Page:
It’s been done before, by plenty of small market teams, but the Marlins have the art of blowing up a team perfected.
After underwhelming deals that sent away franchise stars Giancarlo Stanton, Marcell Ozuna and Dee Gordon, I thought the team did better when they traded their most valuable player of all: Christian Yelich.
I thought they could have done better, I’m sure we all did, as Yelich possesses one of the league’s friendliest contracts to go along with an all-star skill set from a player who is only entering the prime years of his career.
Alas, bringing in the Miami-born top prospect Lewis Brinson was a great start. The Brewers had plenty of position player prospects for the Marlins to select from, and along with Brinson, they elected fellow outfielder Monte Harrison, infielder Isan Diaz and pitcher Jordan Yamamoto.
This trade, like the other three, was extremely important for the future of the Miami franchise. Especially dealing a cost-controlled, uber-talented player like Yelich, it was extremely important the Marlins not strike out in the trade.
Or five years later when the Marlins gutted their newly built roster in a trade with the Toronto Blue Jays. They managed to clear the contracts of Josh Johnson, Jose Reyes, Mark Buehrle and others, but the prospects received —Adeiny Hechavarria, Justin Nicolino, Henderson Alvarezand Anthony DeSclafani— all flamed out for the fish.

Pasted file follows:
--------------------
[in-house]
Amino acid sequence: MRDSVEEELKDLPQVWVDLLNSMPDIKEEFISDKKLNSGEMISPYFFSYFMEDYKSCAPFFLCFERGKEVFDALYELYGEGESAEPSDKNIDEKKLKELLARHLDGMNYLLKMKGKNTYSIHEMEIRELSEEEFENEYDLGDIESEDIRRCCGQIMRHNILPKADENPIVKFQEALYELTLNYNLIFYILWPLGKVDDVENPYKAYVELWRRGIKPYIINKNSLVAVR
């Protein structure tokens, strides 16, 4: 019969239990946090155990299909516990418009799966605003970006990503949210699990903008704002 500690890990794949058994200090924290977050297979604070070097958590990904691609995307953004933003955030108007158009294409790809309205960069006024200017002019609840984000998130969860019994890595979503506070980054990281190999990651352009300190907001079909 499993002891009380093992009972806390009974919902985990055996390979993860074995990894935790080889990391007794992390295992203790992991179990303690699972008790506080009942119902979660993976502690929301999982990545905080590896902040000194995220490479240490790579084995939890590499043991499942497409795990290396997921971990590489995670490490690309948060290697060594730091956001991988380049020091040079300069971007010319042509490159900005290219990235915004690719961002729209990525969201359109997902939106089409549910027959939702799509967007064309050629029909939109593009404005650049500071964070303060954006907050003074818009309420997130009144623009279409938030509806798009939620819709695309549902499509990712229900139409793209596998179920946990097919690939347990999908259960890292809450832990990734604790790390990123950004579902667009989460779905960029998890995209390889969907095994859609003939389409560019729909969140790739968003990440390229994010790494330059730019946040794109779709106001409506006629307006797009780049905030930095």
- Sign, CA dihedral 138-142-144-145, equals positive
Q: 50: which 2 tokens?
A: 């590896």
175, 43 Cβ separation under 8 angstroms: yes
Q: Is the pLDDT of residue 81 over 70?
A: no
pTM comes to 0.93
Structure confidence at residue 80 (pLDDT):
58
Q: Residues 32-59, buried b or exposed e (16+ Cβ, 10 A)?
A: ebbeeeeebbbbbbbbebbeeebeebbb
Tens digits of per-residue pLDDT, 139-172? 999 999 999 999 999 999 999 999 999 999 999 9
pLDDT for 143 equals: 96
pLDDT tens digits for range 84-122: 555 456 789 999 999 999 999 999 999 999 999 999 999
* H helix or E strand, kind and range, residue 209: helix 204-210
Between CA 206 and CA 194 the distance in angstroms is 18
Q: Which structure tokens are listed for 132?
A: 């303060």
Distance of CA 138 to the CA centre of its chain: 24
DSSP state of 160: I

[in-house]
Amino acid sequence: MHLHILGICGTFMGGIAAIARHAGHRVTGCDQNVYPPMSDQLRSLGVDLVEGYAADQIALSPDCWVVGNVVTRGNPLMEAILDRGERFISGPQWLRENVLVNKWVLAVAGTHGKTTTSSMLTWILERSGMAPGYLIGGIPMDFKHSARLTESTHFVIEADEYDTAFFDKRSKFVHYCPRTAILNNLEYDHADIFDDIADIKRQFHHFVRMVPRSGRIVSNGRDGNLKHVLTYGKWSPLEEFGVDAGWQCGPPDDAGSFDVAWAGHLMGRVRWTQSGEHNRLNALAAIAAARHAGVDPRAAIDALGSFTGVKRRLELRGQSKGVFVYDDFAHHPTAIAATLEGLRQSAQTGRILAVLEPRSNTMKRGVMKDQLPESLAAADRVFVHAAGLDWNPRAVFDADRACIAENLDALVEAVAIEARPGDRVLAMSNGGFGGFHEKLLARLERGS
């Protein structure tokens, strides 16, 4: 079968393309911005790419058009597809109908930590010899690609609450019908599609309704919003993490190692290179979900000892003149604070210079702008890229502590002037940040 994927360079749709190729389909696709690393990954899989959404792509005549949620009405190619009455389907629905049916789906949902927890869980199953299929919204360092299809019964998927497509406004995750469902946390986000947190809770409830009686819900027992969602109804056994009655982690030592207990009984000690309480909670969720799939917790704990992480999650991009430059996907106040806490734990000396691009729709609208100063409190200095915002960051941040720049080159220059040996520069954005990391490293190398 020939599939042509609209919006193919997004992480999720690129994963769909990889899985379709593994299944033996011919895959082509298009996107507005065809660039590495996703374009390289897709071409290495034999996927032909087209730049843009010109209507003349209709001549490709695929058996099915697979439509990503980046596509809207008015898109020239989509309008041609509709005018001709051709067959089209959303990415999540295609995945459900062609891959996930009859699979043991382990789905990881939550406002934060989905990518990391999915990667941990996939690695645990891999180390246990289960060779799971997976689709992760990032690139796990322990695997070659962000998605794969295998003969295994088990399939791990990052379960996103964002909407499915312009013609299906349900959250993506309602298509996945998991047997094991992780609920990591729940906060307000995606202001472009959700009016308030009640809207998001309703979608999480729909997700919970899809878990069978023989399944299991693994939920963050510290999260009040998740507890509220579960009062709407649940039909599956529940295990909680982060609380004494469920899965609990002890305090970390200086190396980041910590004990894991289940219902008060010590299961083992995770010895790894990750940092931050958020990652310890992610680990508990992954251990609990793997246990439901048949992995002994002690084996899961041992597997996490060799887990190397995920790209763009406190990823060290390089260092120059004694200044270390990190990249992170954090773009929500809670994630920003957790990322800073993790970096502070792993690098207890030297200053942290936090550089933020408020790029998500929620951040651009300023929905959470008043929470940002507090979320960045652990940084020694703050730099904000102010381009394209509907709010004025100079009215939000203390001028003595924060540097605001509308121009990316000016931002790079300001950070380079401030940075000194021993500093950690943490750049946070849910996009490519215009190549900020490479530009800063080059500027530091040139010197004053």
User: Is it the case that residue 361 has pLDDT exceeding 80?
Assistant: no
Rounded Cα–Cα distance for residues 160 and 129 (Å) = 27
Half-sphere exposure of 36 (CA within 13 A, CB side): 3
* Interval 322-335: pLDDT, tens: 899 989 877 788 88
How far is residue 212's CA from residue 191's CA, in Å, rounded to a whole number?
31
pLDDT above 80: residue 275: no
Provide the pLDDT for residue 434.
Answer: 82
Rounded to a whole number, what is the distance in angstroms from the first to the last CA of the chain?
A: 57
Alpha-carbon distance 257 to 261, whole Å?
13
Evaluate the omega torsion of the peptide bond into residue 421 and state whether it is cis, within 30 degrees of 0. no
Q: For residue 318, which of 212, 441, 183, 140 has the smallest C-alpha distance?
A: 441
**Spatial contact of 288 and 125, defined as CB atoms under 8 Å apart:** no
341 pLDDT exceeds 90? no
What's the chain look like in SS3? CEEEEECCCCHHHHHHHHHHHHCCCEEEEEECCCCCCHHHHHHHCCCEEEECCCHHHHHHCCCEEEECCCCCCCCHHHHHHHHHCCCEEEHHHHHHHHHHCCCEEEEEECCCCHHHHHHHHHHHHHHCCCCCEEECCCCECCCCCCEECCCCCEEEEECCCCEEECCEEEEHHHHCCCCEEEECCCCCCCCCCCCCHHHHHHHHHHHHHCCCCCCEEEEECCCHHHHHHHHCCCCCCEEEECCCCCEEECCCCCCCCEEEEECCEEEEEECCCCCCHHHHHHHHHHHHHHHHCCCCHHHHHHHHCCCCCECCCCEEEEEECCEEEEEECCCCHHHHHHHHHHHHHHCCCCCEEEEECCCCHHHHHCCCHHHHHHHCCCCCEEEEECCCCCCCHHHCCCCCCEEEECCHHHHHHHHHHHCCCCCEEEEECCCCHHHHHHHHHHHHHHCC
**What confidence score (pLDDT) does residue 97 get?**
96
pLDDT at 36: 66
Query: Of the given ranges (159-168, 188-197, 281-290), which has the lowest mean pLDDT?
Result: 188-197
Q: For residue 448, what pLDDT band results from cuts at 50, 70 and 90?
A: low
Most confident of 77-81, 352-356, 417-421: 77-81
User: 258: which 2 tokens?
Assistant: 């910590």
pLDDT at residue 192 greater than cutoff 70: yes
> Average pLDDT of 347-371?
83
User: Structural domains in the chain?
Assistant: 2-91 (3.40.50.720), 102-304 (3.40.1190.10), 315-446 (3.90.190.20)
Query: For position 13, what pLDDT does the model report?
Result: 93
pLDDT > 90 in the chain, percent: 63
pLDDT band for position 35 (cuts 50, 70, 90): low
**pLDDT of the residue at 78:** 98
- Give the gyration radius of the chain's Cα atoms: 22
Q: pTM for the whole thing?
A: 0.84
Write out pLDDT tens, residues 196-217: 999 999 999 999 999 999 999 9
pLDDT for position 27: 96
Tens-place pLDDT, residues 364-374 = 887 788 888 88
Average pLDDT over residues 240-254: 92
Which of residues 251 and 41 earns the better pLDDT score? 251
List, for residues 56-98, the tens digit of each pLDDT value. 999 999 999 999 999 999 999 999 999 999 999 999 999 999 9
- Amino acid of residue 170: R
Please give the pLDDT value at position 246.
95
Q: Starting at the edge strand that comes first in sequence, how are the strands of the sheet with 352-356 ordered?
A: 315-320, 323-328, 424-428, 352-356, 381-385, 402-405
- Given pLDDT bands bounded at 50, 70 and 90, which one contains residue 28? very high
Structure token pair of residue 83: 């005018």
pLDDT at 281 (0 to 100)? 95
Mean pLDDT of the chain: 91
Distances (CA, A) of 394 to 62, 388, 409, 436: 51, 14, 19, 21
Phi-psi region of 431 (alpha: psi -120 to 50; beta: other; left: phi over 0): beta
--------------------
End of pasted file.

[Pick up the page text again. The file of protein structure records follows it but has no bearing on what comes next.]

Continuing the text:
Another five years later came the Yelich blockbuster. The Marlins have the unfortunate habit of being on the selling side of these trades. (I suppose they did go all in in 2003 for Ugeth Urbina, but sacrificed Adrian Gonzalez.)
Speaking of unfortunate events, the three top prospects acquired in the January trade are all off to disconcerting starts. Our friends at Fish Stripes recently went into detail on Lewis Brinson’s 2018 season. Always touted for his defense, you don’t become one of the game’s best prospects without some sort of hitting ability.
To the Marlins’ credit, the 24-year old has been given a proper leash at the big league level to develop, not facing a demotion after early struggles, but the Miami native simply hasn’t been able to turn anything around. Except forward K’s into backward K’s.
His defense is as advertised, but his projectable stick is not projecting. Through June 5th, the rookie phenom was slashing .161/.209/.281, which is historically putrid. No player in the last millennium has struggled that badly.